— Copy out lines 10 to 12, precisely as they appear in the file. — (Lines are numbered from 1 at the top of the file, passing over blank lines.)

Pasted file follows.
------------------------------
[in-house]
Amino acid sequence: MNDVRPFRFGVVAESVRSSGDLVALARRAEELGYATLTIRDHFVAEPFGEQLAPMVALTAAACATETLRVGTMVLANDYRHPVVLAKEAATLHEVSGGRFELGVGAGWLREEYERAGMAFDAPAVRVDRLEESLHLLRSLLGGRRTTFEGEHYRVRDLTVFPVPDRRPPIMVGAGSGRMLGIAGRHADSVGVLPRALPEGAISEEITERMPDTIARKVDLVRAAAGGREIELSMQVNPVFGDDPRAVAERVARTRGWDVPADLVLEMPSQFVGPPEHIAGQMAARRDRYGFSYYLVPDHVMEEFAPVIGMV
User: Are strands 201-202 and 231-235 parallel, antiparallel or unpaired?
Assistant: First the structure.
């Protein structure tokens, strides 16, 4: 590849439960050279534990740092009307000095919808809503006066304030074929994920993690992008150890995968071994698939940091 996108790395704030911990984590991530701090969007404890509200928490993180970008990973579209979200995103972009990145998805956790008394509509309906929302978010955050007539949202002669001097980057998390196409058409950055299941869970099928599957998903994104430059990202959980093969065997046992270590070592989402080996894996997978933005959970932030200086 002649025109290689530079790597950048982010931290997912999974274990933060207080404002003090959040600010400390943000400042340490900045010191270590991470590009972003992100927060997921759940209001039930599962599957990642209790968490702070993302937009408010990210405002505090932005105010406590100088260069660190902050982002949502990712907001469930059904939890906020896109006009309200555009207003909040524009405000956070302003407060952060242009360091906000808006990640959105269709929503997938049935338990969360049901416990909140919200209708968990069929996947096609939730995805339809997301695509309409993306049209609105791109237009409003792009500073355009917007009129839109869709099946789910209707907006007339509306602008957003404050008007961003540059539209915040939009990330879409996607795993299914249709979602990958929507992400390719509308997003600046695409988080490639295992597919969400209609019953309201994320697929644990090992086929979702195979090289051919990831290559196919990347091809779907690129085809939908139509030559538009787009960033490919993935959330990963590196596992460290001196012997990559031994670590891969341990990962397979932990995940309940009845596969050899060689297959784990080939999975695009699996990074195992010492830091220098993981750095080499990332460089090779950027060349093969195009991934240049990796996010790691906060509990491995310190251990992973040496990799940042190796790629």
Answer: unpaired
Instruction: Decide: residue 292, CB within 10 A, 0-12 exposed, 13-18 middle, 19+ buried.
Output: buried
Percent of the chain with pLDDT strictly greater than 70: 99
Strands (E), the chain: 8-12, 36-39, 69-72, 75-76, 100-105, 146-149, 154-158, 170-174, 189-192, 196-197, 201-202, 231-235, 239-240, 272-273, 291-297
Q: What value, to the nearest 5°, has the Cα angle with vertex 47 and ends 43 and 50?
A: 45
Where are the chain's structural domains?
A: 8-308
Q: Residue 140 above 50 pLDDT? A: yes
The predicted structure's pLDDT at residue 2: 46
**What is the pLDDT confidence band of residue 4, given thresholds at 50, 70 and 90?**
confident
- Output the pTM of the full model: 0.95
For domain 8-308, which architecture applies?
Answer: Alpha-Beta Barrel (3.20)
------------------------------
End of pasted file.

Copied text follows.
Strands (E), the chain: 8-12, 36-39, 69-72, 75-76, 100-105, 146-149, 154-158, 170-174, 189-192, 196-197, 201-202, 231-235, 239-240, 272-273, 291-297
Q: What value, to the nearest 5°, has the Cα angle with vertex 47 and ends 43 and 50?
A: 45